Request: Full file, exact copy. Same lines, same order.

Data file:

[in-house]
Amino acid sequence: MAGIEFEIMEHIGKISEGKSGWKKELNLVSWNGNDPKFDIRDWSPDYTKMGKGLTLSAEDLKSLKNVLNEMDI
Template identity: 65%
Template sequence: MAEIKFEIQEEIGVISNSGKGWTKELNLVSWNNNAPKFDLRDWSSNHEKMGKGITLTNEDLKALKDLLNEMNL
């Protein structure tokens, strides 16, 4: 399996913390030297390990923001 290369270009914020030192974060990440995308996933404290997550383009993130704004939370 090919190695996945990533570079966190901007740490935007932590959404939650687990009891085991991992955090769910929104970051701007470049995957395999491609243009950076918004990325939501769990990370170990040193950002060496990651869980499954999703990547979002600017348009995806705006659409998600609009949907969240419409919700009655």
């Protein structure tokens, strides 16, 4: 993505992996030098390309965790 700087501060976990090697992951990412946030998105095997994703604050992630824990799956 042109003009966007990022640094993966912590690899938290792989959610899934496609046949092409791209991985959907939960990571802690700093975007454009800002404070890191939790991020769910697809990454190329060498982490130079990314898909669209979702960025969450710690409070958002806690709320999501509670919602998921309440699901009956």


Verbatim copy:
[in-house]
Amino acid sequence: MAGIEFEIMEHIGKISEGKSGWKKELNLVSWNGNDPKFDIRDWSPDYTKMGKGLTLSAEDLKSLKNVLNEMDI
Template identity: 65%
Template sequence: MAEIKFEIQEEIGVISNSGKGWTKELNLVSWNNNAPKFDLRDWSSNHEKMGKGITLTNEDLKALKDLLNEMNL
């Protein structure tokens, strides 16, 4: 399996913390030297390990923001 290369270009914020030192974060990440995308996933404290997550383009993130704004939370 090919190695996945990533570079966190901007740490935007932590959404939650687990009891085991991992955090769910929104970051701007470049995957395999491609243009950076918004990325939501769990990370170990040193950002060496990651869980499954999703990547979002600017348009995806705006659409998600609009949907969240419409919700009655």
């Protein structure tokens, strides 16, 4: 993505992996030098390309965790 700087501060976990090697992951990412946030998105095997994703604050992630824990799956 042109003009966007990022640094993966912590690899938290792989959610899934496609046949092409791209991985959907939960990571802690700093975007454009800002404070890191939790991020769910697809990454190329060498982490130079990314898909669209979702960025969450710690409070958002806690709320999501509670919602998921309440699901009956």